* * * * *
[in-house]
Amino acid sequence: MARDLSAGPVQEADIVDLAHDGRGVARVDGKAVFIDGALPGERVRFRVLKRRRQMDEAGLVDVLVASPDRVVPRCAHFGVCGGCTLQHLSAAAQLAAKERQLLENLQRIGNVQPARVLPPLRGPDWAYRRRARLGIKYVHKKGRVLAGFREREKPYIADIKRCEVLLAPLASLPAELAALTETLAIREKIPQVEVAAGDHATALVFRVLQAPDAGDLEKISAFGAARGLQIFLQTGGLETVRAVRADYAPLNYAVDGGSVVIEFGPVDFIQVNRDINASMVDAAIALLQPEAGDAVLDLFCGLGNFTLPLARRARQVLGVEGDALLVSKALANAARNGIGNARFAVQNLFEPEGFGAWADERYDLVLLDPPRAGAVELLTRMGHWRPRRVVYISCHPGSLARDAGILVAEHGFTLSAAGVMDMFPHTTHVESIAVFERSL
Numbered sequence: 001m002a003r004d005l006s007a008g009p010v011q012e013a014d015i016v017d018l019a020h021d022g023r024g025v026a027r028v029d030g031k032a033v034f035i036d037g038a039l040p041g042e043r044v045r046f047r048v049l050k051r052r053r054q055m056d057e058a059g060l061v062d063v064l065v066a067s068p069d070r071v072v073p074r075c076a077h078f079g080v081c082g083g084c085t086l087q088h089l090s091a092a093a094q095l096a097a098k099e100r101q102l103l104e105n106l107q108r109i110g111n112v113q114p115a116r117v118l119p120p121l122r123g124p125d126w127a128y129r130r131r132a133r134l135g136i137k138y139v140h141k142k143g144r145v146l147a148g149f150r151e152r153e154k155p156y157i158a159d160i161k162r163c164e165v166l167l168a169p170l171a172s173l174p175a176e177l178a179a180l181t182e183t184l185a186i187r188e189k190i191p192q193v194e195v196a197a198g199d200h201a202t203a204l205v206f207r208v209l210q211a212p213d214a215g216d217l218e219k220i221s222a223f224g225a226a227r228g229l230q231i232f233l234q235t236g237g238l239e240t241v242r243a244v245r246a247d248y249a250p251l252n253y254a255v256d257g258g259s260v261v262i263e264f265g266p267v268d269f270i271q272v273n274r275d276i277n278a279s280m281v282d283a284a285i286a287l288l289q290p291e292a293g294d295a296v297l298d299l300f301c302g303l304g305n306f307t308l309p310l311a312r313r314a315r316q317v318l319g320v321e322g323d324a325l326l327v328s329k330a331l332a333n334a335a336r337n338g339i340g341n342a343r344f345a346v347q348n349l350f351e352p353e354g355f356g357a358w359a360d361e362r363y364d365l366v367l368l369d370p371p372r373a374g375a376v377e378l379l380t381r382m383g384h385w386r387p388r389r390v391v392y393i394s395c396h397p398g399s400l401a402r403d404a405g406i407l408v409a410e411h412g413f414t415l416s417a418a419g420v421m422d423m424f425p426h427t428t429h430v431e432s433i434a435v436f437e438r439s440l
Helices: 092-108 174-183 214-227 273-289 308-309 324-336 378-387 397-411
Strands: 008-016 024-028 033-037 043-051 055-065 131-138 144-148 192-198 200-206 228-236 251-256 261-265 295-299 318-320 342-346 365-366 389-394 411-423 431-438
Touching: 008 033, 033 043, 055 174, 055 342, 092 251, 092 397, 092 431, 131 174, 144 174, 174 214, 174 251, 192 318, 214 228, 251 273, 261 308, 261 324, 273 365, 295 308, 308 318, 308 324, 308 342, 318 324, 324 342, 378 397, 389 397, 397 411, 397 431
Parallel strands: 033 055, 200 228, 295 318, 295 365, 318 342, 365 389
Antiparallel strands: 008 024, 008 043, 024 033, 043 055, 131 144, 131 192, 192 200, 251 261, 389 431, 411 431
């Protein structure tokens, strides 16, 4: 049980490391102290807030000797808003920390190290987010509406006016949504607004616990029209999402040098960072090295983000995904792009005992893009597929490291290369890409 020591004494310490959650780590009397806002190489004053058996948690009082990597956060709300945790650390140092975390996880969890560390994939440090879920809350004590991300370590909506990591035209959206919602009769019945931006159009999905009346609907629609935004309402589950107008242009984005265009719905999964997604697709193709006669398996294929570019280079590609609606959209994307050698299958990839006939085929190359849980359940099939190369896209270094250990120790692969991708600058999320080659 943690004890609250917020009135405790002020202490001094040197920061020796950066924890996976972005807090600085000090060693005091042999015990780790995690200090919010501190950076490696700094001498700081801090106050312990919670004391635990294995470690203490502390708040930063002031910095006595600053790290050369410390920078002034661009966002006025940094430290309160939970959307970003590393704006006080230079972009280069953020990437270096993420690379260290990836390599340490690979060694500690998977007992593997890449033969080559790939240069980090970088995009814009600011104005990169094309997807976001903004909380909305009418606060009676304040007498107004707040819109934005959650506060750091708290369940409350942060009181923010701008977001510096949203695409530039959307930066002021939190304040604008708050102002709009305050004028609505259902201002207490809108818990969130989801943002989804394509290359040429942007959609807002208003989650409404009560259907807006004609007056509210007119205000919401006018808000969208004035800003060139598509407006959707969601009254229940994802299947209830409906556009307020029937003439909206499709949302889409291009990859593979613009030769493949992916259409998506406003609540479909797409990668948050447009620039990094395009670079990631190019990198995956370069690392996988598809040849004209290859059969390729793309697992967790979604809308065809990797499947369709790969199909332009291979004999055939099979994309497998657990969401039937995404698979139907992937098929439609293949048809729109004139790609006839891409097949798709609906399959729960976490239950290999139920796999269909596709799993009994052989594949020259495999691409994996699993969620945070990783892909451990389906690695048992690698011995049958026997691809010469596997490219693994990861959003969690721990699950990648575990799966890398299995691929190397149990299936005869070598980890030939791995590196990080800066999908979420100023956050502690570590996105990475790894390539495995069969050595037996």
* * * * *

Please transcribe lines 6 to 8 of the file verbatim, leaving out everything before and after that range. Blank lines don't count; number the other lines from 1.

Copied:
Touching: 008 033, 033 043, 055 174, 055 342, 092 251, 092 397, 092 431, 131 174, 144 174, 174 214, 174 251, 192 318, 214 228, 251 273, 261 308, 261 324, 273 365, 295 308, 308 318, 308 324, 308 342, 318 324, 324 342, 378 397, 389 397, 397 411, 397 431
Parallel strands: 033 055, 200 228, 295 318, 295 365, 318 342, 365 389
Antiparallel strands: 008 024, 008 043, 024 033, 043 055, 131 144, 131 192, 192 200, 251 261, 389 431, 411 431